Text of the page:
Daily Archives: March 8, 2011

‘This Whispering in our Hearts’ by Henry Reynolds

1998, 251 p.& notes

The title of this book is taken from a speech delivered by Richard Windeyer as part of a 5-night debate carried out  in September 1842.  Henry Reynolds describes the speech, called ‘On the Rights of the Aborigines of Australia’, as “perhaps the most sustained and intellectually powerful attack on Aboriginal rights ever mounted in early colonial Australia.” (p.20).  Certainly it was felt at the time that Windeyer’s speech for the negative side had carried the day:

…we believe it to be the unanimous opinion of the members, that the speech of Mr Windeyer, for the negative, was the most argumentative and logical… He distinctly proved not only that the Blacks have no right to the soil of Australia for want of settled occupancy and cultivation; but that they have no right even to the kangaroos more than we have, the game laws of England agreeing precisely with the great law of nature, that wild animals not confined by enclosure are not, and cannot be the property of any man. (Sydney Morning Herald 12 Sept 1842)

And yet, after denouncing traditional Aboriginal society, and insisting that they had no claim on the land, Windeyer admitted at the end of his speech

How is it that our minds are not satisfied? …What means this whispering in the bottom of our hearts? (cited in Reynolds p. 21)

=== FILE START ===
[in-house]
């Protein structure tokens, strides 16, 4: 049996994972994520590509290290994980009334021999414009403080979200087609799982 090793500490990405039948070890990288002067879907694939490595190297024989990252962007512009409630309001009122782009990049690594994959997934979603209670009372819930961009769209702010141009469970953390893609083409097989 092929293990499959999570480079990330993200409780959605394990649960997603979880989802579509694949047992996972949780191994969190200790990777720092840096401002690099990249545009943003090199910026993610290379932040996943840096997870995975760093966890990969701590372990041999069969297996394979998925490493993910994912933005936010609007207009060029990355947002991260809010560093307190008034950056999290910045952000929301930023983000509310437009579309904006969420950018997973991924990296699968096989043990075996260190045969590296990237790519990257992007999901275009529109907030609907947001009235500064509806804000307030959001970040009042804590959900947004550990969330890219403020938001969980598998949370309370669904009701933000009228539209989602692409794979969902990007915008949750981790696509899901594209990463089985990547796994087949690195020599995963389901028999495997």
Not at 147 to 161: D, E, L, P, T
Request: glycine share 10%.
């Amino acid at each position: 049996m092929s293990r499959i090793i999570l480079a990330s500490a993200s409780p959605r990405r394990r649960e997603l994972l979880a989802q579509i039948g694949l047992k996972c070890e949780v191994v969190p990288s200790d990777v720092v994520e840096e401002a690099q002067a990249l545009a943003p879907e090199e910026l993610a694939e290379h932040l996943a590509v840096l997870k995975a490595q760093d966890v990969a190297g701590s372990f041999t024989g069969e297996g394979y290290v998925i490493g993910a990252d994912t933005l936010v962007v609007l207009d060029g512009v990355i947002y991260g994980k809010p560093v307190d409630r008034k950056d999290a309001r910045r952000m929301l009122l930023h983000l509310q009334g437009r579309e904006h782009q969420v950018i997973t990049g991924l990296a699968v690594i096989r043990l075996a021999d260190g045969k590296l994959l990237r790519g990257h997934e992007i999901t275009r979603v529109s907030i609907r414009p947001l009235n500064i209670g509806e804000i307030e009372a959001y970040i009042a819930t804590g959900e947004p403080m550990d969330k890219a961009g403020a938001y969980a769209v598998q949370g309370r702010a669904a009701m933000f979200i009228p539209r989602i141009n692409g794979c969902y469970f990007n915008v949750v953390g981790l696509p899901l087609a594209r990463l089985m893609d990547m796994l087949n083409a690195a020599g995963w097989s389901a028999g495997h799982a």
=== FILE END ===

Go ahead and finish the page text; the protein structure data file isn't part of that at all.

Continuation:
It’s an evocative term- the whispering at the bottom of our heart- and yet the fact that it was Richard Windeyer who voiced it is but one of the many complexities and contradictions that arise when trying to tease out of nuances of public utterances about Aborigines in the early decades of settlement in Australia.  Reynolds, perhaps, does not highlight the context of the speech sufficiently – i.e. it was argued as part of a debate where one often argues against one’s own beliefs.  Still, it’s hard to pin down Windeyer’s politics,  as it is with many of these 1830s and 40s public men.   Richard Windeyer was a parliamentarian and barrister: he had been at the meeting that established the Aborigines Protection Society in 1838 and yet he had defended the white stockmen in the Myall Creek trials (although there is a limit to what one can deduce from courtroom advocacy).  What are we to make of his position if  his head was telling him one thing and his heart another? In the final analysis, which one matters more?

In this book Henry Reynolds looks at three periods of white humanitarianism: the 1830s and 40s; the 1880s and the period 1926-34.  He deals with a small number of individuals in each period: George Augustus Robinson and Lancelot Threlkeld, Louis Giustiniani and Robert Lyon in the first period; John Gribble and David Carley in the second; and son Ernest Gribble and Mary Bennett in the third.

My interest in reading this book was mainly on his first period, and in many ways the people he considers in this section are the most difficult to reconcile with our own ideas of humanitarianism today.   Like the settlers whose actions they deplored, these humanitarians were likewise steeped in  ethos of colonisation, albeit for different purposes: